Sleep deprivation may pave the way to cocaine addiction. Too-little sleep can increase the rewarding properties of cocaine, according to new research in mice published in eNeuro.

Nucleus accumbens recruited by cocaine, sugar are different
In a study using genetically modified mice, a University of Wyoming faculty member found that the nucleus accumbens recruited by cocaine use are largely distinct from nucleus accumbens recruited by sucrose, or table sugar.

Astrocytes build synapses after cocaine use in mice
Drugs of abuse, like cocaine, are so addictive due in part to their cellular interaction, creating strong cellular memories in the brain that promote compulsive behaviors.

Of all professions, construction workers most likely to use opioids and cocaine
Construction workers are more likely to use drugs than workers in other professions, finds a study by the Center for Drug Use and HIV/HCV Research (CDUHR) at NYU College of Global Public Health.

Chronic cocaine use modifies gene expression
Chronic cocaine use changes gene expression in the hippocampus, according to research in mice recently published in JNeurosci.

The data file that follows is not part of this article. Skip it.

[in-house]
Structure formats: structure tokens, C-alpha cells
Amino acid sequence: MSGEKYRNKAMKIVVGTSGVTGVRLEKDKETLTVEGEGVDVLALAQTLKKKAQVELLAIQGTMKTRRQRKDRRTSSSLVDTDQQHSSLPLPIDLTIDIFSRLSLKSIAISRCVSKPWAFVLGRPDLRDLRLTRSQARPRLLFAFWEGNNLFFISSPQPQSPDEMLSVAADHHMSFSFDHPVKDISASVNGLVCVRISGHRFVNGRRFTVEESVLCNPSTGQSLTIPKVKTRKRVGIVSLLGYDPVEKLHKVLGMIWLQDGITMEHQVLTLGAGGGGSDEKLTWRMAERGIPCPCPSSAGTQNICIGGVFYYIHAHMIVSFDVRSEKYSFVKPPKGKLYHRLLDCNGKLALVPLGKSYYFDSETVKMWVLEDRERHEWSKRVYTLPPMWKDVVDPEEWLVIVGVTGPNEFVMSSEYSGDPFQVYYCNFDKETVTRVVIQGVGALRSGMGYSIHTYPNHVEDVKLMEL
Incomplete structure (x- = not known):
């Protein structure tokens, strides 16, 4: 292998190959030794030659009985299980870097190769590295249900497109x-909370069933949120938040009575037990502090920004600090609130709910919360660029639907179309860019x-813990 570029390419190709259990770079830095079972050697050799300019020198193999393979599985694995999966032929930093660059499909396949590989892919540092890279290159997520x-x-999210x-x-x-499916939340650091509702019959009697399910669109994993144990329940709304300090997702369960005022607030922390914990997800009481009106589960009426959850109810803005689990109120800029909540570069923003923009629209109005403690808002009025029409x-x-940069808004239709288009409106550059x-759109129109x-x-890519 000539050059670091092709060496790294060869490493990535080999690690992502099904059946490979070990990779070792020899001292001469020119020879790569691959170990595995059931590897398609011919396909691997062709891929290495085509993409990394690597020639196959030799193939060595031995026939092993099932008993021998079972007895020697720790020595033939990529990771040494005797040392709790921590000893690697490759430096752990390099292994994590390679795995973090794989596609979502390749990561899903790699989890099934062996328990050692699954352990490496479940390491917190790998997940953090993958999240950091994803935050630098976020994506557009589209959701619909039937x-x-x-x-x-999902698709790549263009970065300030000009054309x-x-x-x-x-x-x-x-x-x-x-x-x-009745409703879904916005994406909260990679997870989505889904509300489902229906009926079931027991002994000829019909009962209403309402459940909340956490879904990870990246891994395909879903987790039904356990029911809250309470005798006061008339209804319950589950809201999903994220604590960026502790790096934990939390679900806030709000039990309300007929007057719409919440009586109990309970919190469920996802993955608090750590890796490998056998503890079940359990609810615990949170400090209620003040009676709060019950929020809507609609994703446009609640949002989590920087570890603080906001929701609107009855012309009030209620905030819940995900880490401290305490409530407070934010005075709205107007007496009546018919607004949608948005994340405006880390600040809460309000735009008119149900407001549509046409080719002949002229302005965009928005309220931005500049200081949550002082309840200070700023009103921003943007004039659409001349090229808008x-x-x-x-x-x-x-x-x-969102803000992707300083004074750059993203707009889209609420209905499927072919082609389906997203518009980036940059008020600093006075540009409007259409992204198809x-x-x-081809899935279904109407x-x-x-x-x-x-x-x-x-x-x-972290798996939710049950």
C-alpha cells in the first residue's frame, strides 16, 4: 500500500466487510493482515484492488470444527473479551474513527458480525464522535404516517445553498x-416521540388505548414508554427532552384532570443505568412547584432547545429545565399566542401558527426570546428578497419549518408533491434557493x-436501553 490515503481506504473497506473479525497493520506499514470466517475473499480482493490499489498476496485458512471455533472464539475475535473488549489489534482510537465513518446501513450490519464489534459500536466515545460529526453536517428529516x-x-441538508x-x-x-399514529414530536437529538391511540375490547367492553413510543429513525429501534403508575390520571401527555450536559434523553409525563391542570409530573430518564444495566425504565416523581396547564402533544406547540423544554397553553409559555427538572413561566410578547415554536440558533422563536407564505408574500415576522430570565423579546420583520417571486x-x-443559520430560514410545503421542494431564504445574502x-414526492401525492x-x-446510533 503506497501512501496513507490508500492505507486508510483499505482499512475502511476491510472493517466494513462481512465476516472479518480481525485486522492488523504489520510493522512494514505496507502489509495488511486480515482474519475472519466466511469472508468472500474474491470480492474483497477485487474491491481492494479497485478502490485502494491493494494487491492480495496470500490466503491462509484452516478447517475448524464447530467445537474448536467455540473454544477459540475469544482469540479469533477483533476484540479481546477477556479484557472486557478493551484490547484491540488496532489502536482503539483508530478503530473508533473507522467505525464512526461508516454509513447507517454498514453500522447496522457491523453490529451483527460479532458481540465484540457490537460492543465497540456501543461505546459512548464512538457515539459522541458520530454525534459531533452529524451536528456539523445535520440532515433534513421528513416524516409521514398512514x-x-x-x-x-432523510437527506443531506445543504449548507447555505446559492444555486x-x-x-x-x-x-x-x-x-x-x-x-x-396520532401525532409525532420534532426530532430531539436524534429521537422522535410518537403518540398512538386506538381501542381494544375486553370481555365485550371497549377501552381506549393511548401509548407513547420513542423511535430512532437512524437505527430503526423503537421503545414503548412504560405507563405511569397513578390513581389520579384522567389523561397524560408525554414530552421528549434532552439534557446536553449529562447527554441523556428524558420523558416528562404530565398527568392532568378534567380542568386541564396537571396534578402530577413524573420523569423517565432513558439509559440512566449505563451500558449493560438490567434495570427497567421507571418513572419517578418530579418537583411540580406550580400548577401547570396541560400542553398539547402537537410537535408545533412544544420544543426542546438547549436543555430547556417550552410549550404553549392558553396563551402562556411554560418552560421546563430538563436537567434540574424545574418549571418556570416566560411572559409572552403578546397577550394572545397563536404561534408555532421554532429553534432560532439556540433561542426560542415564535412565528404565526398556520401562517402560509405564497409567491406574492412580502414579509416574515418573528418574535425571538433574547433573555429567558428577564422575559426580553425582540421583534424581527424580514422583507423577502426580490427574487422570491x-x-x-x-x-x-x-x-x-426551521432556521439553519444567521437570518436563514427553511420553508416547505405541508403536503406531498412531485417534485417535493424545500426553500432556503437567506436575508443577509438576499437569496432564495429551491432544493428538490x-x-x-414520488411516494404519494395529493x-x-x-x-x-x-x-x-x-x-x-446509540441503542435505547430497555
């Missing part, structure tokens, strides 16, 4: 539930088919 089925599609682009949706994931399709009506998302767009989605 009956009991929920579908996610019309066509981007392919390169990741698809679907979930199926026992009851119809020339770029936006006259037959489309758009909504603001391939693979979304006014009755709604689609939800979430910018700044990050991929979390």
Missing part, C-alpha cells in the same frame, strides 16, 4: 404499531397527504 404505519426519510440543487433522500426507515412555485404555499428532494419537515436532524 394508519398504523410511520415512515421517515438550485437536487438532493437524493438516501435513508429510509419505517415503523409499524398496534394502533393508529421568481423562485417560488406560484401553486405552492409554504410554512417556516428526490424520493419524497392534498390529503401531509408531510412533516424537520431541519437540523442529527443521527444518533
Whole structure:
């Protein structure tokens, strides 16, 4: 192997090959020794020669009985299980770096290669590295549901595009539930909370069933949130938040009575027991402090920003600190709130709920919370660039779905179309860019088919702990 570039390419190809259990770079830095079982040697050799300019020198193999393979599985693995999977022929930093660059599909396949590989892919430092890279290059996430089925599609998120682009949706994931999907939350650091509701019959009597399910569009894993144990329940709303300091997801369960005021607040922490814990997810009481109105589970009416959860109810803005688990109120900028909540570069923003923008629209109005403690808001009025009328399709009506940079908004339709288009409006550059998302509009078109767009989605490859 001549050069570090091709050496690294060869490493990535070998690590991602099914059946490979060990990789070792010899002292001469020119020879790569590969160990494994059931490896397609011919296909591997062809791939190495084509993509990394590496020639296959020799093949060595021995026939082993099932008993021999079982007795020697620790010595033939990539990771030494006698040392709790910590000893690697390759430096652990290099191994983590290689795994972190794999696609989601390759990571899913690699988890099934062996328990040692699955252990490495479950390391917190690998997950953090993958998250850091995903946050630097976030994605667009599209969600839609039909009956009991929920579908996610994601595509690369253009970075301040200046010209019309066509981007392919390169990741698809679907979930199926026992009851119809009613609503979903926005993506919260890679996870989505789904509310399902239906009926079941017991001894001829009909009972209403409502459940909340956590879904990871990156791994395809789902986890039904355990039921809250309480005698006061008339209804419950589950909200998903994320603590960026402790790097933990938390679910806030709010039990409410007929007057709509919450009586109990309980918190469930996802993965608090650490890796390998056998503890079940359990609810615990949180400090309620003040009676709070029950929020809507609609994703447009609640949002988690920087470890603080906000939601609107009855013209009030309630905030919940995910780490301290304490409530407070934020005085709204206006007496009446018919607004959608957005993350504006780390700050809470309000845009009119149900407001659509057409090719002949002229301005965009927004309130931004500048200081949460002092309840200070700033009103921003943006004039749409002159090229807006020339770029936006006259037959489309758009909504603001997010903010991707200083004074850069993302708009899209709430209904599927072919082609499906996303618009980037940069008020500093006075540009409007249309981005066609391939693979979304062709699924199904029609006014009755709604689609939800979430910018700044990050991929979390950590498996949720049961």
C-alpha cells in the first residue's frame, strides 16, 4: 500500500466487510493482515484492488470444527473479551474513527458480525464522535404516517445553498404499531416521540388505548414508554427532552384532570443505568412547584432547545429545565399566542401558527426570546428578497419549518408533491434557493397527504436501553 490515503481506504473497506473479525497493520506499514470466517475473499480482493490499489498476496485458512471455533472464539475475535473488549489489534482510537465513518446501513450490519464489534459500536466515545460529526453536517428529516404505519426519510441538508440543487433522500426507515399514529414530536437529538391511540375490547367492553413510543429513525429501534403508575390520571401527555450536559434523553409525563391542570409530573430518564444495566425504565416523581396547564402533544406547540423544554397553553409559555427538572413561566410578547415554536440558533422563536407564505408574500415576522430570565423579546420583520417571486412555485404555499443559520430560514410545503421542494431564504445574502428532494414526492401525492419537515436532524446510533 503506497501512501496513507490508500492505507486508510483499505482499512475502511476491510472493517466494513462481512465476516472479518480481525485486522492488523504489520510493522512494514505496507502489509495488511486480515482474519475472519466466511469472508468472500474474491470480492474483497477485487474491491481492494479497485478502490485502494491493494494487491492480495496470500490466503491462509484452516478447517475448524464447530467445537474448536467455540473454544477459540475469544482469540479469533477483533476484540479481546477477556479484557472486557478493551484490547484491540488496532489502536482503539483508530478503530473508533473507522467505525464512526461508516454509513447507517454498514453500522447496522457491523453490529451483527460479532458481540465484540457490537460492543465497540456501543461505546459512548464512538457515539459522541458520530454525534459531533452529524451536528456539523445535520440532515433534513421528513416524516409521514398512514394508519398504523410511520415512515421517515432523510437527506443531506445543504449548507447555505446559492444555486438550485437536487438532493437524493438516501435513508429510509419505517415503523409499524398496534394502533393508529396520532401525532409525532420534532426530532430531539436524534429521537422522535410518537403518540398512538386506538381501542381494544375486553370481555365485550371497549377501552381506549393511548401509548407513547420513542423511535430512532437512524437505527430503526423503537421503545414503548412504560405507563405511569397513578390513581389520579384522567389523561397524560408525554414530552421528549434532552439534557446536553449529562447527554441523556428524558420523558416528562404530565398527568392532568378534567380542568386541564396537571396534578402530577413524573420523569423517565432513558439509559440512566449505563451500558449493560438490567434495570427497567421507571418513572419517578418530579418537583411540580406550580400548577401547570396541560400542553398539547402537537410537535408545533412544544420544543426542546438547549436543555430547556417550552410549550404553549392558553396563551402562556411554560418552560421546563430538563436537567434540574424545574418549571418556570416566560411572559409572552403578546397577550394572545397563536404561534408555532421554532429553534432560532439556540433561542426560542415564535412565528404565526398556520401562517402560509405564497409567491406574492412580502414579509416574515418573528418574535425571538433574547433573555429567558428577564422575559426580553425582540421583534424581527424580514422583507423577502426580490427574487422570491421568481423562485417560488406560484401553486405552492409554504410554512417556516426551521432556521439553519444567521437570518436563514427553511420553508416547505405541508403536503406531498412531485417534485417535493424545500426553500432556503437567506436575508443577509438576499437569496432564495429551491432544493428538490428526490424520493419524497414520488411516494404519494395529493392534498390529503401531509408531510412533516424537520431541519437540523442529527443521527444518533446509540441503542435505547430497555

Blocking dopamine weakens effects of cocaine
Blocking dopamine receptors in different regions of the amygdala reduces drug seeking and taking behavior with varying longevity, according to research in rats published in eNeuro.

Born to run: just not on cocaine
A study finds a surprising response to cocaine in a novel strain of mutant mice -- they failed to show hyperactivity seen in normal mice when given cocaine and didn't run around.

Cocaine adulterant may cause brain damage
People who regularly take cocaine cut with the animal anti-worming agent levamisole demonstrate impaired cognitive performance and a thinned prefrontal cortex.

Setting affects pleasure of heroin and cocaine
Drug users show substance-specific differences in the rewarding effects of heroin versus cocaine depending on where they use the drugs, according to a study published in JNeurosci.

One in 10 people have traces of cocaine or heroin on their fingerprints
Scientists have found that drugs are now so prevalent that 13 percent of those taking part in a test were found to have traces of class A drugs on their fingerprints -- despite never using them.

Read More: Cocaine News and Cocaine Current Events
Brightsurf.com is a participant in the Amazon Services LLC Associates Program, an affiliate advertising program designed to provide a means for sites to earn advertising fees by advertising and linking to Amazon.com.